When a term ends, students perhaps forget their remarks in the classrooms and move on. Perhaps they forget them even before the term ends. Perhaps most faculty forget the remarks. But, I don't! ;)
About the middle of the term it was when a student asked me something like this: "you seem to believe that there are different narratives out there and are always questioning us. Then, how do you know which one is the correct narrative? Does it mean you have to seek out different ones all the time?"
A wonderful question, right? I could have ended the term right then and there. Mission accomplished--for real!
There is no way but to seek out the different takes. That's what education is about. That's what an examined life is all about. Well, as long as we keep this out of the radar forever. ;)
Consider the vernal equinox and the spring time. The usual narrative is of spring being life appearing again after the long winter. Green shoots. Daffodils and tulips. Lambs and rabbits representing fertility and continuation of life.
That is one narrative.
And then there are others. Like the poem "Spring" by Edna St. Vincent Millay.
To what purpose, April, do you return again?
Beauty is not enough.
You can no longer quiet me with the redness
Of little leaves opening stickily.
I know what I know.
The sun is hot on my neck as I observe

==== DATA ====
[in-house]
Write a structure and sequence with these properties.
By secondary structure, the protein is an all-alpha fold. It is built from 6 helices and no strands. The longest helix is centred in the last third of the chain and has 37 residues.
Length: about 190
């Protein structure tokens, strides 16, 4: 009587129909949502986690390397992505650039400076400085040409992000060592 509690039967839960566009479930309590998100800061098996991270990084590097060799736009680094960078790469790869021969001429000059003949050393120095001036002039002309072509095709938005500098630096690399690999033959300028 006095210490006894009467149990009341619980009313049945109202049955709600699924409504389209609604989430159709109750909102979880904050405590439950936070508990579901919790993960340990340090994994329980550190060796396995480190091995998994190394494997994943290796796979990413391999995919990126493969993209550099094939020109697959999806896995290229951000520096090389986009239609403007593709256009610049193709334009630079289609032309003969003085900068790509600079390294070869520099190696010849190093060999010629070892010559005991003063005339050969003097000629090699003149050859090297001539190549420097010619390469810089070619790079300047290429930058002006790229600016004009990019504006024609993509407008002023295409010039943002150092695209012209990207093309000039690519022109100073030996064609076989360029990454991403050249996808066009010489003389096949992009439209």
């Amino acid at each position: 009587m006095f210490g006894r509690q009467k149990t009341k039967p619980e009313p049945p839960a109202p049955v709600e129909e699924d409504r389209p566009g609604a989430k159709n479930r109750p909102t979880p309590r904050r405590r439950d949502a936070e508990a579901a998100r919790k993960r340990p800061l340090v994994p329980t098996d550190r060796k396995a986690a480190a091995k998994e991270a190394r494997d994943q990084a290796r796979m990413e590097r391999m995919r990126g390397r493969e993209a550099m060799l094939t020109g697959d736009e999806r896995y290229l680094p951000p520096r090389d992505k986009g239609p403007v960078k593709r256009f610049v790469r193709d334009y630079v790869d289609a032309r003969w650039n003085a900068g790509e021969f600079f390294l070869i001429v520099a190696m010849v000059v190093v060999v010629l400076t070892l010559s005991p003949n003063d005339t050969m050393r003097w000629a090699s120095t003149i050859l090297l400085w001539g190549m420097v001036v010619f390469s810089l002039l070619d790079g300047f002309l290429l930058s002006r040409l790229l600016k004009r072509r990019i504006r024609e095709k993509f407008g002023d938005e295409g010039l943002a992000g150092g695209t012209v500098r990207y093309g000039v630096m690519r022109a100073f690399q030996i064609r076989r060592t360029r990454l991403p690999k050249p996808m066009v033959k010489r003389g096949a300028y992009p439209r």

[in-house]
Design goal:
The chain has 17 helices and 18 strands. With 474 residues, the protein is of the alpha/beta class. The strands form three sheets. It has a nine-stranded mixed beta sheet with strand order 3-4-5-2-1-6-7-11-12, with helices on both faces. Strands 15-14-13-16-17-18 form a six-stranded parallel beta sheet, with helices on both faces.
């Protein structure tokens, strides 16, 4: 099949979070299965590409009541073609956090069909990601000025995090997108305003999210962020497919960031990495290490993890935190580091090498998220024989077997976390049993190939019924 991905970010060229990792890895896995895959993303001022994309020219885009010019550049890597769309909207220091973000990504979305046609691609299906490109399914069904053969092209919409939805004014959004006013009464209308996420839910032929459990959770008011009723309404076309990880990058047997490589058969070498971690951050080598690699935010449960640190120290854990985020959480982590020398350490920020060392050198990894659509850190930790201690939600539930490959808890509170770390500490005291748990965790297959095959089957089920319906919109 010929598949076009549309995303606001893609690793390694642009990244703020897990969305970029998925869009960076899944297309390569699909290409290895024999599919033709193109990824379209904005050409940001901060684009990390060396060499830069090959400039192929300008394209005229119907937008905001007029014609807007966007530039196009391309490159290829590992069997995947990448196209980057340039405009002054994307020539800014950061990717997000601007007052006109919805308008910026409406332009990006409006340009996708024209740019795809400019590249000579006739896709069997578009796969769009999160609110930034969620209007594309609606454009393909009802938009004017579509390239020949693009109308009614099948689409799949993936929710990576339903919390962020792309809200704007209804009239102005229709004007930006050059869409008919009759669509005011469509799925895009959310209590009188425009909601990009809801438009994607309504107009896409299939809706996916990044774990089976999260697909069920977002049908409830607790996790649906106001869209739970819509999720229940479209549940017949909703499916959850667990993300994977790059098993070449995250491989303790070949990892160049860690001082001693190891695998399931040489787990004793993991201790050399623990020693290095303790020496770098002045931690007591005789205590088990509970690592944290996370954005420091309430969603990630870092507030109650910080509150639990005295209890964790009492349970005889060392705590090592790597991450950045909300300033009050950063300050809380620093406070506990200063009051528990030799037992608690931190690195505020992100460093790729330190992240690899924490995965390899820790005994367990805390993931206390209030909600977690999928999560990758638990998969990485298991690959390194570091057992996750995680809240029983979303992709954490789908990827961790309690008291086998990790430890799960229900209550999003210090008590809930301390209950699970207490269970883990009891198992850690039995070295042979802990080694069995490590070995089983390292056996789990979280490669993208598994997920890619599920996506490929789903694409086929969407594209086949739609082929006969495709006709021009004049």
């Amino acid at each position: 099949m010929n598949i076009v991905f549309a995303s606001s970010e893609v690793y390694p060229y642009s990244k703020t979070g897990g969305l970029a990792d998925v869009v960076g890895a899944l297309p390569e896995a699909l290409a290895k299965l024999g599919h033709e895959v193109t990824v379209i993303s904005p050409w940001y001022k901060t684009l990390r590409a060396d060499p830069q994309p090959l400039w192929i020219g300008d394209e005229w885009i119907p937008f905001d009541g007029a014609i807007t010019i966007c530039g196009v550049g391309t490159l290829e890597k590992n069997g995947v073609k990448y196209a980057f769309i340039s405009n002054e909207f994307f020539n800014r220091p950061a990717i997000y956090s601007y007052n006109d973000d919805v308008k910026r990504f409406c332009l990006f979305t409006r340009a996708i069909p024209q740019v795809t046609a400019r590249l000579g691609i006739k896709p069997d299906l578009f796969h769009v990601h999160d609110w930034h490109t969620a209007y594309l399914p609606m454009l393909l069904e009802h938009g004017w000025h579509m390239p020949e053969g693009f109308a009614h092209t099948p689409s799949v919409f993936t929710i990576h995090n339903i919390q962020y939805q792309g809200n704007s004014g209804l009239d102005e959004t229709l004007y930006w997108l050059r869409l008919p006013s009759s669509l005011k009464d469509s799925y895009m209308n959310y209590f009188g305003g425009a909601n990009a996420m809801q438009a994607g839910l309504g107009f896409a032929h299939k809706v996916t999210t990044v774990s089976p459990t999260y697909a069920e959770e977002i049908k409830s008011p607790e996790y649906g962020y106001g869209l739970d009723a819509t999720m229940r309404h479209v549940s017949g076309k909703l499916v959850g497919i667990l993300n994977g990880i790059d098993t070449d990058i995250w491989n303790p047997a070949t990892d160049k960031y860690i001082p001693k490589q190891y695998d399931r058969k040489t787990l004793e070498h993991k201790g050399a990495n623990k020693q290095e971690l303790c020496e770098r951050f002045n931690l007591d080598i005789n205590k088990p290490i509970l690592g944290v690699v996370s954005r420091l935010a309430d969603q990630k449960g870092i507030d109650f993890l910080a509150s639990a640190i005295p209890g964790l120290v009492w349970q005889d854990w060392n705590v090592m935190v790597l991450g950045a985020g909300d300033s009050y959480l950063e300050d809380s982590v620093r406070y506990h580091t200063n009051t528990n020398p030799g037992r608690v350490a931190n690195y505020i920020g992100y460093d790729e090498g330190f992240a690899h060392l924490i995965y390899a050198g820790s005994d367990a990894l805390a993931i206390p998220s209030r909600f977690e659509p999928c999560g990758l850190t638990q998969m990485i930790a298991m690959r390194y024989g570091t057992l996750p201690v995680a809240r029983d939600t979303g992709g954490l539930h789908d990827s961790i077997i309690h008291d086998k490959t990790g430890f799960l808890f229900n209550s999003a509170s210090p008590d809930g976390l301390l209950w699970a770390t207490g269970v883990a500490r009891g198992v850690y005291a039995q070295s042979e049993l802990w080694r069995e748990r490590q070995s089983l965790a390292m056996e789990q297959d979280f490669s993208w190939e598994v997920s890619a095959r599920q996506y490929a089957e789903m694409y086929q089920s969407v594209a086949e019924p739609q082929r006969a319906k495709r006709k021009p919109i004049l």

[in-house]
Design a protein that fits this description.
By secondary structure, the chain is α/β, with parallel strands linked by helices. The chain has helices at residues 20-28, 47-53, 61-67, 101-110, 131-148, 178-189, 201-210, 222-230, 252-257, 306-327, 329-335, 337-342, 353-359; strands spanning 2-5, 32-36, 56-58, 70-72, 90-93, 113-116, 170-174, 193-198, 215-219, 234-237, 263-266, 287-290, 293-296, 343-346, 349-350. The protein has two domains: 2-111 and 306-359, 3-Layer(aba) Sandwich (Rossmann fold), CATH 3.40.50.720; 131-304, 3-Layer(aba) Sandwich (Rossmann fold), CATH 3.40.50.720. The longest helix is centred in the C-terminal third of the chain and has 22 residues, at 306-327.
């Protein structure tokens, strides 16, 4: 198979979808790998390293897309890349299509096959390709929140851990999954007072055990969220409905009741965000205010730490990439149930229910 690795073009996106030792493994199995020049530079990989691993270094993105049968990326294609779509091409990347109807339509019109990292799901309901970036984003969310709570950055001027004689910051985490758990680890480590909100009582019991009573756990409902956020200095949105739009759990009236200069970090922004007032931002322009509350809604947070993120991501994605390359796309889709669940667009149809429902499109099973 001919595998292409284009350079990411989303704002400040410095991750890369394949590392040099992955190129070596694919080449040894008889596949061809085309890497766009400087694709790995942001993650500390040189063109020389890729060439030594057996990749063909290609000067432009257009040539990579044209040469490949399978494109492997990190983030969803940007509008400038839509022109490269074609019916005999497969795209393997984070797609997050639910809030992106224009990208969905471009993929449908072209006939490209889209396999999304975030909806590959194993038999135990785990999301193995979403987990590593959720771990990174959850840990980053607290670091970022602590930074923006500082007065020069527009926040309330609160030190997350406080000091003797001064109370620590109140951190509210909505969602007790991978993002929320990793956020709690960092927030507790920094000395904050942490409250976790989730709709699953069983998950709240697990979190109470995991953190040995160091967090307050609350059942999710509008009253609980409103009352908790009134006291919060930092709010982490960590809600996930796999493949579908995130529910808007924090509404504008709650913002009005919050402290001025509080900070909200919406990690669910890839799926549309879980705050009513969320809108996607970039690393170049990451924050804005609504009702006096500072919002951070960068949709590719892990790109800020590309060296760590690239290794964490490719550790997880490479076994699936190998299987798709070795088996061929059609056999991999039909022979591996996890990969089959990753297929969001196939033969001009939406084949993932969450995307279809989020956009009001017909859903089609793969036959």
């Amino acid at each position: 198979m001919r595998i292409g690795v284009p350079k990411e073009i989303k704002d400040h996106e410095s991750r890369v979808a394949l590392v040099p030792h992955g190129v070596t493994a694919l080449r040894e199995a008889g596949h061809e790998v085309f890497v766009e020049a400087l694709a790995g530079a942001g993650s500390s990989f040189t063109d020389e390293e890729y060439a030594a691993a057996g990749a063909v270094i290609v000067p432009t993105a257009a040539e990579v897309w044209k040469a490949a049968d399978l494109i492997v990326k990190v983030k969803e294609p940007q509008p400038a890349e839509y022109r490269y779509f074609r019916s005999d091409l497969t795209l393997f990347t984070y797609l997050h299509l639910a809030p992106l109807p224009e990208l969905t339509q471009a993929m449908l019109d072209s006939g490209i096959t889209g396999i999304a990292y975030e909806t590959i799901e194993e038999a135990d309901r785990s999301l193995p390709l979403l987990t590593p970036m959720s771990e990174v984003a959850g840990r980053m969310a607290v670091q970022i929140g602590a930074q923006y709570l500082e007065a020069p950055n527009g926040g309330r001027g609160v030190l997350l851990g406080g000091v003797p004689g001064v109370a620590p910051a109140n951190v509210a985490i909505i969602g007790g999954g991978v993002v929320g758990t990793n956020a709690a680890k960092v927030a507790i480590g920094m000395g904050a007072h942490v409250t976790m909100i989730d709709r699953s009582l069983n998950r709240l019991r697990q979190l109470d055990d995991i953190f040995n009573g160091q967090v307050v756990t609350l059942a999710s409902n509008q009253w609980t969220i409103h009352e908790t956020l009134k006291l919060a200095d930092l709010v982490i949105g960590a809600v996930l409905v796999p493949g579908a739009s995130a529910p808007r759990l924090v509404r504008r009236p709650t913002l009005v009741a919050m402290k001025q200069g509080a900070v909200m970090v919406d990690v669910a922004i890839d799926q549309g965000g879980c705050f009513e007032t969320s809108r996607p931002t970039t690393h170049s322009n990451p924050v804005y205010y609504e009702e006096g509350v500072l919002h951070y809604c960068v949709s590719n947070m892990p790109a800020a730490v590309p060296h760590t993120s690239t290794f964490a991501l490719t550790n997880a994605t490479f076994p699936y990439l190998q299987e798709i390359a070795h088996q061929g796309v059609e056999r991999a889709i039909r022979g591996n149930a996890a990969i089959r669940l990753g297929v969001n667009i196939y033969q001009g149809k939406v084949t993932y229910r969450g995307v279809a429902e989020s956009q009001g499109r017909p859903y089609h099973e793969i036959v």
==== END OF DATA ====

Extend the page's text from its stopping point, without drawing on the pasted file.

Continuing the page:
The spikes of the crocus.
The smell of the earth is good.
It is apparent that there is no death.
But what does that signify?
Not only under ground are the brains of men
Eaten by maggots.
Life in itself
An empty cup, a flight of uncarpeted stairs.
It is not enough that yearly, down this hill,
Comes like an idiot, babbling and strewing flowers.
Isn't that a narrative that is completely different from the typical gushing about "ah, spring!"?
"I know what I know | Life in itself is nothing." Spring, in this narrative, forces us to question our very existence. What is the point? "To what purpose, April, do you return again?"
We wake up. We eat, drink, work, fight, chat, tweet, travel, pee, ... a full day of inane activities.
We then go to sleep.
And we then wake up. We eat, drink, work, fight, ..... only to die and become "the brains of men
Eaten by maggots"?
To what purpose does a new day return again?
Find your own narrative that provides you with an answer that convinces you. But, keep in mind that there are other narratives too.